3) I fully agree with you about the alcohol and I see it as a major driver of the most egregious incidents we “hear about”. The religious colleges can push the teetotaler line, but the secular colleges can’t. I have wondered if any of them try to peddle the idea of drinking “a little” with ideas like “One and Done” or “Be Kind, Hold it to Two”—-or something. When I was in college, we guys drank a few, but not much in mixed company. I was never “plastered” and was only once with a girl who had had too many. (She didn’t feel well and we held hands until she felt better.)

            As for your sons, good luck. I don’t have to tell you that the world in many ways is becoming more hazardous and difficult for young people. One thing you might tell them is this. When they are 65 (like me), they may well remember every girl they ever held hands with or kissed (like I still do.) You want those to be sweet, kind memories and you want those girls to have the same of you when they get old.
            You want whoever later marries those girls to say to you (in your imagination if nothing else)—-“Hey, thanks for treating her right, you were an okay dude.”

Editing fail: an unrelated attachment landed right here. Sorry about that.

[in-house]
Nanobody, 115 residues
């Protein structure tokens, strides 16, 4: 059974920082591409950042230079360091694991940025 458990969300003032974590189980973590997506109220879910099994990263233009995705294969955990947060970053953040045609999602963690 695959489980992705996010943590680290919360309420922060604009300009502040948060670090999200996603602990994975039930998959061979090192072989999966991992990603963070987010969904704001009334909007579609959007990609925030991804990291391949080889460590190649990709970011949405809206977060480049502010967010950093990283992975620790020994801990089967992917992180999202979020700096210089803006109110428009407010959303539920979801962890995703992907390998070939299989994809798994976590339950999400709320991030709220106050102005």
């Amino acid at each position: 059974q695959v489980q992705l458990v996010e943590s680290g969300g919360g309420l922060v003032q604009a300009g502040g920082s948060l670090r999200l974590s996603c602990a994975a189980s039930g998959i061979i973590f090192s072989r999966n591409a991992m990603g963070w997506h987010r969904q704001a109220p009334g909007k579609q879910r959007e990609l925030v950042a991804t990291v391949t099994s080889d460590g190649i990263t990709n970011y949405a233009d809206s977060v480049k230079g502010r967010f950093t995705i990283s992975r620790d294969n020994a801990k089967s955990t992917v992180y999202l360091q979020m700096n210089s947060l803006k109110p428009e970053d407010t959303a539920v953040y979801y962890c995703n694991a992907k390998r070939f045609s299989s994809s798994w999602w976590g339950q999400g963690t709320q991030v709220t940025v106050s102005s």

• DivideByZeroes

            Sounds like you and I have a very similar mindset regarding romantic dealings. I also have fond memories of things like slow dances with girls I had crushes on at middle school dances, first kisses with high school girlfriends, etc. I was never aggressive with girls, and was constantly trying to make sure I wasn’t pressuring them into doing anything they might not want to. I was terrible at interpreting hints and clueless about reading between the lines, and in retrospect there were a number of hookups I left on the table, but for my own self-respect, I’d rather have memories of situations that could have gone farther, and not have to deal with feeling like I ever took advantage of someone or cajoled her past her comfort zone.